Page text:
There was an inspiring doodle on the Google home page for International Women's Day on Sunday. There were women in lab coats, chefs' hats, judges' wigs, astronauts' suits and - an inclusive touch - in hijab, doing calligraphy. The intention was to make the unenlightened think: "Wow, women can do all these high-powered things. Isn't that just fabulous?" To which my own, irritable response was yes, of course, they/we, can; why state the obvious? Why go on about it?
Indeed, it's hard to go through International Women's Day without a mild sense of embarrassment. Classic FM and Radio 3 in the UK, for instance, celebrated under-recognised female composers. That's very nice; it was, for instance, lovely to hear Elisabeth Claude Jacquet de la Guerre last week as Radio 3's composer of the week. But can you just imagine trying to shoehorn into a single day Men in Music? You're talking about the entire canon of classical music.
Ditto women in art... the non-contemporary ones who come to mind, such as Angelika Kauffmann, Elisabeth Frink and Evie Hone, simply remind us of the glaring, overwhelming predominance of men. Women in literature, though, now you're talking. Yet The Irish Times rather despairingly headed a celebratory feature on Irish women writers by asking: "Maria Edgeworth, Edna O'Brien and Anne Enright... who else?"
Celebrating women in this that or the other field isn't a feelgood exercise; it's a reminder of how impossible it would be to put the boot on the other foot and celebrate men's contribution in the same discipline. This isn't to denigrate women; there are excellent reasons why there are fewer women artists than men. If you wilfully excluded women from the salons where ideas were exchanged and artists mingled, and from the studios and academies, well, of course you weren't going to get them flourishing in the same way as men.
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But my unease about International Women's Day is more fundamental than that. It's why, in fact, I'd say I'm not a feminist. I'd prefer, if it's okay with you, to define myself as a human being rather than in terms of gender.
Dorothy L Sayers - the Peter Wimsey creator and, more to the point, a distinguished medieval scholar - put her finger on the problem. In a talk entitled "Are Women Human?" delivered to a women's society in 1938, she observed, "A woman is just as much an ordinary human being as a man, with the same individual preferences, and with just as much right to the tastes and preferences of an individual. What is repugnant to every human being is to be reckoned always as a member of a class and not as an individual person.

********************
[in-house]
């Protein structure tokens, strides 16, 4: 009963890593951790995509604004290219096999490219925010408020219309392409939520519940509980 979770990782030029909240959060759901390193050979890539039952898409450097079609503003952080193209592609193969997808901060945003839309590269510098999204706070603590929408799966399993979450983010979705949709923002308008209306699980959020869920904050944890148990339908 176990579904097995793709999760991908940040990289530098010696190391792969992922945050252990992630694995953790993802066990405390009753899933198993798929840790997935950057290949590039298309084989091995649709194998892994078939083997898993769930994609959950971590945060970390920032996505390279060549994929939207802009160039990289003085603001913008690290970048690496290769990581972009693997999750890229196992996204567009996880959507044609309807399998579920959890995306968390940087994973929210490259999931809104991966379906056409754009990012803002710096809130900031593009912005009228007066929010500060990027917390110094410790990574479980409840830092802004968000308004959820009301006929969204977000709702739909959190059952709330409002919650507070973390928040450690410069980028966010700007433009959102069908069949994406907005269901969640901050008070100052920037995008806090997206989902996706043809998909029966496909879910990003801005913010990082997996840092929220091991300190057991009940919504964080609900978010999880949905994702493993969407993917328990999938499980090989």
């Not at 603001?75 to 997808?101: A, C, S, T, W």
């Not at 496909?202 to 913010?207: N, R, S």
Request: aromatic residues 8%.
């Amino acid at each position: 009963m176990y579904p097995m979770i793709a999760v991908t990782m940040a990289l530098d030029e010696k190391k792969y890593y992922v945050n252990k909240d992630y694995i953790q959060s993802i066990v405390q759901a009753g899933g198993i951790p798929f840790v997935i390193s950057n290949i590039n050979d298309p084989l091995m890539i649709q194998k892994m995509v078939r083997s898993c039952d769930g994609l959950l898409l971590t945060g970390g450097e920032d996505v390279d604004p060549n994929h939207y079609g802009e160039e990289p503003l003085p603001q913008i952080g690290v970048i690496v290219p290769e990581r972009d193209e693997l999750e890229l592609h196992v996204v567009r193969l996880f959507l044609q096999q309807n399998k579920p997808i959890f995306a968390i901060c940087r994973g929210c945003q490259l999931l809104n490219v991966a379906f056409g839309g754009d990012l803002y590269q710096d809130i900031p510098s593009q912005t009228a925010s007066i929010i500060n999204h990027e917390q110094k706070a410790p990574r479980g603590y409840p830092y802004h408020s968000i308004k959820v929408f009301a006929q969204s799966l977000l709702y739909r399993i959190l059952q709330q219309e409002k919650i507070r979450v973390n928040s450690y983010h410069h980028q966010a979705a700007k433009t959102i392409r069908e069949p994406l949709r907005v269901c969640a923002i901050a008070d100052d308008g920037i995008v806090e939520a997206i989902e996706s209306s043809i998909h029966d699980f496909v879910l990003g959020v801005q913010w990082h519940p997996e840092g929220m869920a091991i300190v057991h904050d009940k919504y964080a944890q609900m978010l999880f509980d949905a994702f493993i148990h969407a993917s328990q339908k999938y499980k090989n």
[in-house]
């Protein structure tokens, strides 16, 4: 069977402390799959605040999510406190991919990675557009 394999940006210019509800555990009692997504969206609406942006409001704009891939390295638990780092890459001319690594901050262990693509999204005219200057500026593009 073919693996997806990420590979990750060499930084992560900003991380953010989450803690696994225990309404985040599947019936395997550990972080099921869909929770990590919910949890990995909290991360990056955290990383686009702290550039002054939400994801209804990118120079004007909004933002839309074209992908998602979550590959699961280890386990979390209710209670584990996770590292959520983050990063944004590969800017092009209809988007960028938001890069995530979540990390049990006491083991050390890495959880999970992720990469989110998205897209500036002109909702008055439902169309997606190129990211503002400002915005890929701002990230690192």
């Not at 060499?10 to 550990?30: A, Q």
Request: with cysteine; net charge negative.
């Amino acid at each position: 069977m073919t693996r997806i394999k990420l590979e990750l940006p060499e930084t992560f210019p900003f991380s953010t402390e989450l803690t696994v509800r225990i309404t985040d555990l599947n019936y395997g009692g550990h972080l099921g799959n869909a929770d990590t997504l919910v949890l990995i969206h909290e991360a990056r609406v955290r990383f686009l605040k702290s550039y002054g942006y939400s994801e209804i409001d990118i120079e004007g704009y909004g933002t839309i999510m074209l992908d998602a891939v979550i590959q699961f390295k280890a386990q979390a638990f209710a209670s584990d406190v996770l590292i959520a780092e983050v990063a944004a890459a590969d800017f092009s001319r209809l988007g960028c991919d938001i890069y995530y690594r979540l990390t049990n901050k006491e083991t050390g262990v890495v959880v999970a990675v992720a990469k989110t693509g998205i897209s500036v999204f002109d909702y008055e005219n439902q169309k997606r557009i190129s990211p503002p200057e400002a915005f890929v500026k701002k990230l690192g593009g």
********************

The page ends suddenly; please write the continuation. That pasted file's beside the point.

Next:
"A certain amount of classification is, of course, necessary for practical purposes; there is no harm in saying that women, as a class, have smaller bones than men... go more pertinaciously to church... or have more patience with small and noisy babies. In the same way we may say that... stout people of both sexes are better tempered than thin ones... What is unreasonable and irritating is to assume that all one's tastes and preferences have to be conditioned by the class to which one belongs. That has been the very common error into which men have frequently fallen about women...and into which feminist women are a little inclined to fall about themselves."
She started her lecture by observing that the time for feminism had long past. Which was interesting for a woman who got her first class degree at Oxford exactly 100 years ago and had to put up with patronage from male academics of the kind she describes in her novel Gaudy Night. It wasn't that she was self-hating - she gave short shrift to those, including Dante, who idealised women - but rather, as another academic put it, "the liberation of women was not a cause Sayers espoused but a way of life she practised on the premises that male and female are adjectives qualifying the noun 'human being'?". Or to put it another way, humanity trumps gender.
That's the approach I think we should all take: humans and individuals first, men or women second. I'd say I'm a humanist rather than a feminist, if the word hadn't been misappropriated by militant atheists. Which isn't at all to say I don't enjoy the company of women - I do. My home life is almost embarrassingly egalitarian.
Most of the really inspiring women I have known weren't feminists. The woman to whom I owe most outside my family was my director of studies at my (women's) college, Zara Steiner, a distinguished historian, but no feminist. Elizabeth Anscombe was a familiar figure around college. A philosopher and friend of Wittgenstein, she used to give feminists apoplexy by arguing against contraception. Women such as these, like Sayers, were individuals, distinguished scholars with pronounced personalities, and didn't see any need to hang their identity on gender solidarity. I couldn't see them on Harriet Harman's Woman to Woman pink bus.
Me, I can't wait until we've seen the last of International Women's Day. But, I suppose, International People's Day doesn't have quite the same ring to it.